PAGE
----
TSX consults on proposals to modernize MOC facility

By James Langton | October 15, 2020 | Last updated on October 15, 2020
2 min read
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TSX Inc. has launched a consultation on proposals for modernizing its approach to trading at the end of the day.

The exchange published a notice setting out its planned changes to the “market-on-close” facility (MOC) that are designed to enhance transparency, bring its operations more in line with global standards and improve executions.

The proposals include a series of reforms that aim to enhance transparency in the end-of-day session by increasing message content and frequency, as well as increasing order flexibility and execution certainty while also better aligning the TSX’s approach with other markets.

The TSX said that the proposals were generated from a client consultation in 2018 with the aim of enhancing the efficiency and usage of the closing facility.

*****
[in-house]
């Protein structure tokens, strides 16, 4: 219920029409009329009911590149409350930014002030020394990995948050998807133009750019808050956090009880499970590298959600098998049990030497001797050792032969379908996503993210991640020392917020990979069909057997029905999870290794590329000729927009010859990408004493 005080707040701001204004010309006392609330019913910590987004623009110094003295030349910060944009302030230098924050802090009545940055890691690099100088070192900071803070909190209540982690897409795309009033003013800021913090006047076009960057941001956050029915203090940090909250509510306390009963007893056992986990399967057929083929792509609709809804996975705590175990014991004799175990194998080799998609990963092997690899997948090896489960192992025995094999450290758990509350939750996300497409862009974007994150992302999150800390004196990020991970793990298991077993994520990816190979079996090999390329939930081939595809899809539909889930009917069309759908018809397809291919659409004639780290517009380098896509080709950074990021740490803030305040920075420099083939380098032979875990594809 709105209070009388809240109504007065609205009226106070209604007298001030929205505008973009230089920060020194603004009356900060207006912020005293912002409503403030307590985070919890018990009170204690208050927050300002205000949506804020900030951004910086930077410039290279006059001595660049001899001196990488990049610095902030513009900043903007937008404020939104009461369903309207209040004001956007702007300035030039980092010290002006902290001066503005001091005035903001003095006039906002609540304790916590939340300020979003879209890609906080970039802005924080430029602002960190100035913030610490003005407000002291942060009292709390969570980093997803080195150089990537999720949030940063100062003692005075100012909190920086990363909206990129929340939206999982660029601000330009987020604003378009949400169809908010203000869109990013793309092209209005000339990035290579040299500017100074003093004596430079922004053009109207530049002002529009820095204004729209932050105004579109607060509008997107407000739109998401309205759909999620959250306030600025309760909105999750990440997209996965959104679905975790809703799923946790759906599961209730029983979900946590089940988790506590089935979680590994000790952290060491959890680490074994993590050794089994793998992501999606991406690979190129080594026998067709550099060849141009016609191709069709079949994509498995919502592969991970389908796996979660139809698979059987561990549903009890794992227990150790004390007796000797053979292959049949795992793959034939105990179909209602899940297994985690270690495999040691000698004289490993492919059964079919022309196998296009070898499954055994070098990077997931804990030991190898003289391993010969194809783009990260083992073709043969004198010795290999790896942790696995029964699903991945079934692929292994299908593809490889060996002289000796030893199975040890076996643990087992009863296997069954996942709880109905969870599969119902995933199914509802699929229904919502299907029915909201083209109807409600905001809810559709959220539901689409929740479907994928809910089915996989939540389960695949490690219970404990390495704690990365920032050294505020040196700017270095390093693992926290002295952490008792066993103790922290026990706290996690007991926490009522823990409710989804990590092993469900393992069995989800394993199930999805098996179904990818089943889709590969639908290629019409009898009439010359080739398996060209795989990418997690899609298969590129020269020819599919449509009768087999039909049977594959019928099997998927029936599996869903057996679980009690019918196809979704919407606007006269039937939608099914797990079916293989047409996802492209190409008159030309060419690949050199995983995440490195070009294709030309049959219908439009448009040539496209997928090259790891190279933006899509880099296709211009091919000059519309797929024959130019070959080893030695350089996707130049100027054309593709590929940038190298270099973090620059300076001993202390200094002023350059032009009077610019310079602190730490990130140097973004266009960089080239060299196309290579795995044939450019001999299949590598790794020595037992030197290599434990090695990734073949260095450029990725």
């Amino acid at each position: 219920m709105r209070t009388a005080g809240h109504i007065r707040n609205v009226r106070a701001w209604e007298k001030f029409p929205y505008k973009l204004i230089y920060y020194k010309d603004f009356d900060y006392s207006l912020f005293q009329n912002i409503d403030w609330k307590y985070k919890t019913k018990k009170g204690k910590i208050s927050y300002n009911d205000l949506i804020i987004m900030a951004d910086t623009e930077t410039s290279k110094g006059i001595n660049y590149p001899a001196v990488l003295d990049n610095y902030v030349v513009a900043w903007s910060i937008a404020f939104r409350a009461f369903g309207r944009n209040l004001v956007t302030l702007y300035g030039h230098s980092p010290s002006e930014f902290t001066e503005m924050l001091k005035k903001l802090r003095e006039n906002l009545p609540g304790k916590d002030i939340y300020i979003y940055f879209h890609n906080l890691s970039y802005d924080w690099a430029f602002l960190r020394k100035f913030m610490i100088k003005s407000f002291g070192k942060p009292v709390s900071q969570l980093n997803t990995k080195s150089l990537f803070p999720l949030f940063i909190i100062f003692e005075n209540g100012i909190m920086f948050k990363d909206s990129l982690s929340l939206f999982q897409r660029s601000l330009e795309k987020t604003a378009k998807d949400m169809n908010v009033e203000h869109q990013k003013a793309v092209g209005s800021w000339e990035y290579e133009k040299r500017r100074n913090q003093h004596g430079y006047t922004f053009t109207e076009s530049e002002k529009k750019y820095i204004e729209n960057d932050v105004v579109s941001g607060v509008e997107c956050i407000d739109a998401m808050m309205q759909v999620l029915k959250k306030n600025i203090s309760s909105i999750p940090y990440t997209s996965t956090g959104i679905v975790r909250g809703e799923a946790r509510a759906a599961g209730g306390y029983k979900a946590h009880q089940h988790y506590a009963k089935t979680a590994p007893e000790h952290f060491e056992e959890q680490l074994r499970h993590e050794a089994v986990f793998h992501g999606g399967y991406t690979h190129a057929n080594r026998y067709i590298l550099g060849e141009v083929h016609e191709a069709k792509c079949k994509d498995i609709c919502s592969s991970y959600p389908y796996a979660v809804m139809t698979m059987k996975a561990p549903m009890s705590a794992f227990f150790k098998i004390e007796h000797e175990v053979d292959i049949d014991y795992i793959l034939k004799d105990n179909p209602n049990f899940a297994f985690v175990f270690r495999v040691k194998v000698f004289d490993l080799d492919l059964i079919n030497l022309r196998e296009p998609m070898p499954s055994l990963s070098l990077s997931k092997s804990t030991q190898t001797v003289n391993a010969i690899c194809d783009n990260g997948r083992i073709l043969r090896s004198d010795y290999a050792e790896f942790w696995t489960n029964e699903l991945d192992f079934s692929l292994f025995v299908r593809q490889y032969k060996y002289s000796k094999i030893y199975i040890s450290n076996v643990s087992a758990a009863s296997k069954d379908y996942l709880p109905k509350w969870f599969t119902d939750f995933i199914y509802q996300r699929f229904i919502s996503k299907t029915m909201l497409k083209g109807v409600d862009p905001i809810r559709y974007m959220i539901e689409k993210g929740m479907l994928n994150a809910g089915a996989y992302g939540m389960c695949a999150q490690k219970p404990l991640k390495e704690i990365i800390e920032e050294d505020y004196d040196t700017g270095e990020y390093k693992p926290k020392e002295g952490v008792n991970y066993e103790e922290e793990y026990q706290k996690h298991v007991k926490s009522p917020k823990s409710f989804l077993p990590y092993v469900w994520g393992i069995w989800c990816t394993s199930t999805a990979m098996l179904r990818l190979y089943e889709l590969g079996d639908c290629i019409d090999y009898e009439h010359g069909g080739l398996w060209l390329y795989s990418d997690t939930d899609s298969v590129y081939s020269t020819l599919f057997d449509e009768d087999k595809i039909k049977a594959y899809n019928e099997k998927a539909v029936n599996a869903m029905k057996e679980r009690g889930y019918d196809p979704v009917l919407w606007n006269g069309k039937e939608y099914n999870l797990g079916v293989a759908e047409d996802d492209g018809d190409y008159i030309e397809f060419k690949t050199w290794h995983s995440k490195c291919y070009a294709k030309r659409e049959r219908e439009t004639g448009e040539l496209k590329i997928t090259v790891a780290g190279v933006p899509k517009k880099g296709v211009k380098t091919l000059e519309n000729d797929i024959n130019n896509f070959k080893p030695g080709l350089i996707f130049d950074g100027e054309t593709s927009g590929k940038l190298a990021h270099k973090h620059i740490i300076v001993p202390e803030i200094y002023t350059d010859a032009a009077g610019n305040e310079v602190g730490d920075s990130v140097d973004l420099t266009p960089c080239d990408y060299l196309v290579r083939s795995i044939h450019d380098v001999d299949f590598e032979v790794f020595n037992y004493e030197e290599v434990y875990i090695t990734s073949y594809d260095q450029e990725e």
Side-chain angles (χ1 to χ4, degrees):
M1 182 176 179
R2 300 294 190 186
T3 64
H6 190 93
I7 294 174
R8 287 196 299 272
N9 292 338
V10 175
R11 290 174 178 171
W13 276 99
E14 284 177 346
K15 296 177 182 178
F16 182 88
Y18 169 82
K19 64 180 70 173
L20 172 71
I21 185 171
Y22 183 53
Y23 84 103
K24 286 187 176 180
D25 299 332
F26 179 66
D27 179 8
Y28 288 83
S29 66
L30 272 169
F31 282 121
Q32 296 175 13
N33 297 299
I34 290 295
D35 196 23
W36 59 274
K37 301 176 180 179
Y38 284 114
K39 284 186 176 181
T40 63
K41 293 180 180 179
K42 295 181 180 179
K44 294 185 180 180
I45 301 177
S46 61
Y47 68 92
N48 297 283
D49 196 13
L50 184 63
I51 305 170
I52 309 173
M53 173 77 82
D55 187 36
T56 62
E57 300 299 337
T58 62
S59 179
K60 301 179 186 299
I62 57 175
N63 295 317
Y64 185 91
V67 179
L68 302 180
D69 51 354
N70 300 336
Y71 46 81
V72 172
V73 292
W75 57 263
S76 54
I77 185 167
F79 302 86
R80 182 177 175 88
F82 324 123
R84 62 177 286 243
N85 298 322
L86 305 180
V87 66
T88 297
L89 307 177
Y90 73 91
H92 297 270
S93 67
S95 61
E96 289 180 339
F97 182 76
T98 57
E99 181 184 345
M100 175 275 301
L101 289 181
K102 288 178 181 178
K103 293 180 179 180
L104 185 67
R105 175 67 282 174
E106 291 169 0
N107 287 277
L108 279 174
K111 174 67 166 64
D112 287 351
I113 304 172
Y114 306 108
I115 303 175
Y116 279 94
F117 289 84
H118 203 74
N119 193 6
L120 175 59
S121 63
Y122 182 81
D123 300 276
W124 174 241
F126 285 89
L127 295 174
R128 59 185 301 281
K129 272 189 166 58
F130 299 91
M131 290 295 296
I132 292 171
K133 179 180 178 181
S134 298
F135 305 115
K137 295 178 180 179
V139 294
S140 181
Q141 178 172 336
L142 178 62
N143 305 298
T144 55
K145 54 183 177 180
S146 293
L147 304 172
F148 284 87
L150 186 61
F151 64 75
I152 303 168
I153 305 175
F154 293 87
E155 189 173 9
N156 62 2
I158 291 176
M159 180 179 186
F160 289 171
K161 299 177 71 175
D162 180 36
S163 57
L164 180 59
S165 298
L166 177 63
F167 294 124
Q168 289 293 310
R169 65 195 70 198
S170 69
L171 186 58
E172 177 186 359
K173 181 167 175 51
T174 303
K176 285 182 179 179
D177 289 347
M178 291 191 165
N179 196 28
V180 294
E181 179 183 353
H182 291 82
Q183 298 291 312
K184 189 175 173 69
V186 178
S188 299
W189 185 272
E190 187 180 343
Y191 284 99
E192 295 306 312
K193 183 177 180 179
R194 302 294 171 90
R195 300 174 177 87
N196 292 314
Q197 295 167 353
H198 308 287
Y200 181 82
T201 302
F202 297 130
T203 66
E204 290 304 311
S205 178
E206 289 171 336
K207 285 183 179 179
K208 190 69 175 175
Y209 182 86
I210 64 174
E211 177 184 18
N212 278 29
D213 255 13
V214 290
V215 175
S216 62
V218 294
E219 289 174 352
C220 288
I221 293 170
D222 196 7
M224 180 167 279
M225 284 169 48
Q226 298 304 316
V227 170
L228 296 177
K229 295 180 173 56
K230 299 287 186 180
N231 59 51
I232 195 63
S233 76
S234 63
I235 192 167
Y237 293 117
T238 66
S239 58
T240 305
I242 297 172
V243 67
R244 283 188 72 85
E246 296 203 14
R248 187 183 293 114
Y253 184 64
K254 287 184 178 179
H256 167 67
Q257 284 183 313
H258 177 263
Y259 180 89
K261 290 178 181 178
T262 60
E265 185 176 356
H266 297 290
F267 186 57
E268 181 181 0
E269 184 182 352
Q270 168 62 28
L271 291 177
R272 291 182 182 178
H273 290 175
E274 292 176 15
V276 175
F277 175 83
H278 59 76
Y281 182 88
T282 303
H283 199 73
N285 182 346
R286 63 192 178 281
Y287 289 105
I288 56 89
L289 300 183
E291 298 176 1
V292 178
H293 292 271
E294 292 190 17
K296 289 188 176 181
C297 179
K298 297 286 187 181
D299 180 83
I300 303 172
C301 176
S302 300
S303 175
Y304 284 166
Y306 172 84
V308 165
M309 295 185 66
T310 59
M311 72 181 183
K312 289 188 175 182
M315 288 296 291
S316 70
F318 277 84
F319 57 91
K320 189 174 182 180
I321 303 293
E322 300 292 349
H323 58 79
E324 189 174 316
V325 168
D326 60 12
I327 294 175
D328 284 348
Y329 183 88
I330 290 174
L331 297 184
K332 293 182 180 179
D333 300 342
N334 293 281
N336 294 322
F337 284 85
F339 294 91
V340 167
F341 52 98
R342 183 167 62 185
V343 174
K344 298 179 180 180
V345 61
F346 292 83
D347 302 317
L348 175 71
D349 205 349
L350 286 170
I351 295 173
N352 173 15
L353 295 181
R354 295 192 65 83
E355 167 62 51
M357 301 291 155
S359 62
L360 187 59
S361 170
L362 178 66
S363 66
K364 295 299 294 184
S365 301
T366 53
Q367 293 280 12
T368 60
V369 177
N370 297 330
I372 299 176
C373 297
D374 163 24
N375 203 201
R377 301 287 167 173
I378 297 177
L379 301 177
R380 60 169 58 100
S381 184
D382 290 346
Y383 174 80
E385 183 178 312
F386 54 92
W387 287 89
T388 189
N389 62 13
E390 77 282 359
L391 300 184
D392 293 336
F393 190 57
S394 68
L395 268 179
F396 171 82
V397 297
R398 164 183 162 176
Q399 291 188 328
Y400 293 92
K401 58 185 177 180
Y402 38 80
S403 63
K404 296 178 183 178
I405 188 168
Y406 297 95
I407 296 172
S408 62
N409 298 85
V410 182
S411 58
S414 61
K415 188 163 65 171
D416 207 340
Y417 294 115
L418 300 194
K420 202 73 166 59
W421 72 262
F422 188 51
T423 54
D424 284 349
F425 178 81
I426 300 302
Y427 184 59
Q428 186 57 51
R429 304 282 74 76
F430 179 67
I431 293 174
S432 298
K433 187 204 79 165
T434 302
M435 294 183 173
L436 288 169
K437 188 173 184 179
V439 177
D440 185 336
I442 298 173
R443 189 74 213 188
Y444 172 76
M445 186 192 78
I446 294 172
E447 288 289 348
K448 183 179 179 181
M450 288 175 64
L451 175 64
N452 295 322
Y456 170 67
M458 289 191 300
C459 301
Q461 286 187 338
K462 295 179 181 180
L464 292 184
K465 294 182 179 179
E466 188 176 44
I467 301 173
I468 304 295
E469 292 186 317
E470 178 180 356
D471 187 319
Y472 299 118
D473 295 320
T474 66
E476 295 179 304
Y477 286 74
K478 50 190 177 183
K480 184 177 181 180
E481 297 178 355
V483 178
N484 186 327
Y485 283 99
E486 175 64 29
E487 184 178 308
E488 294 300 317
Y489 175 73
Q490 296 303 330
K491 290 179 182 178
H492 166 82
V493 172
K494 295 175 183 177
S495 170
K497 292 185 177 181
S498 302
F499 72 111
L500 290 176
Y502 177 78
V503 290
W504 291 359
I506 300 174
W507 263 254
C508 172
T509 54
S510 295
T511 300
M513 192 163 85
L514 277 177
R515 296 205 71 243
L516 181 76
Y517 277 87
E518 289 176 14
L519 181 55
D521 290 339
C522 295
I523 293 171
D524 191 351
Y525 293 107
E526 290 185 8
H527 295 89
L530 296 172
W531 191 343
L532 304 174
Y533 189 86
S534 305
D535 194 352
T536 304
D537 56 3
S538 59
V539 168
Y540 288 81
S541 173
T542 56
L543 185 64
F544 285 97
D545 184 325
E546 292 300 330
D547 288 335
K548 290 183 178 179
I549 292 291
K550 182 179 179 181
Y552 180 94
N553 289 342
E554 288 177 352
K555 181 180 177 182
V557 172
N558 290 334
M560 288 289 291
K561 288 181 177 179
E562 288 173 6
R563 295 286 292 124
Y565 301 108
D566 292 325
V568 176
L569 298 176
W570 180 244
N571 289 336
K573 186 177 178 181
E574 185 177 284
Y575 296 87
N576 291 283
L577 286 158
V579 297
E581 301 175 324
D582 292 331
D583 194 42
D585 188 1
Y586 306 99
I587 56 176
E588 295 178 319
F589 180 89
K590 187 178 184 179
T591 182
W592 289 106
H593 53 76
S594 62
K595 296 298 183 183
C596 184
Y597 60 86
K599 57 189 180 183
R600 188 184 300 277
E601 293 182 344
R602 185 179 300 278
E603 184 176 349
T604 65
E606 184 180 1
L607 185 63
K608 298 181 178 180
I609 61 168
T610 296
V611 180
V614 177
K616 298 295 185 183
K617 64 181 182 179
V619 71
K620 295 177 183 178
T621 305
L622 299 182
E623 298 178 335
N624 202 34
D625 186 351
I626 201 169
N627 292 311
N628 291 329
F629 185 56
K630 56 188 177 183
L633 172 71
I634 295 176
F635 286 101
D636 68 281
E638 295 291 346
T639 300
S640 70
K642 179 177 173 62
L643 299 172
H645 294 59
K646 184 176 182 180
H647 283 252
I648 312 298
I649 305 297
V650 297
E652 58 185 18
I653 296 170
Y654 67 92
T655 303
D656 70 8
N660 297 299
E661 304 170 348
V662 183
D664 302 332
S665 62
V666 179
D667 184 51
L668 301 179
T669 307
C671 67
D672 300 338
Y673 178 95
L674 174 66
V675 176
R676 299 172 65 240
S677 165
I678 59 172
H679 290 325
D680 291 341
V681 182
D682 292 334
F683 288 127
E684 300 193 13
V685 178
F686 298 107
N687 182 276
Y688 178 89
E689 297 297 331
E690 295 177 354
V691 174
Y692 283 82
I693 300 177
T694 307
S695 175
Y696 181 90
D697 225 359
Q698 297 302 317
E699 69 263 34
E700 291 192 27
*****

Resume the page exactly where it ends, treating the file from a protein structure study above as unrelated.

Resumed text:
“The proposed changes to the MOC facility seek to attract increased participation at the close by introducing mechanics to increase flexibility, give more visibility into the MOC book, and dampen volatility,” the TSX said in the consultation notice.

“This will serve to enhance the user experience, reduce the cost of the trading large orders, and create reliable and representative closing price benchmarks, ultimately instilling confidence among traders and investors,” the notice added.

The MOC facility sets closing prices for listed securities. It serves as a benchmark for the Canadian market and factors into an array of other functions, such as fund managers’ net asset value calculations, index rebalancing and underlying prices for index-based derivatives.

“The rise of passive investing and exchange traded funds over the last few years has resulted in increased demand within closing auctions globally and serves to highlight the growing importance of closing auction liquidity and pricing,” the TSX said in the notice.

The proposals are out for comment until Nov. 16. The TSX is aiming to implement the changes in the second quarter of 2021.

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James Langton

James is a senior reporter for Advisor.ca and its sister publication, Investment Executive. He has been reporting on regulation, securities law, industry news and more since 1994.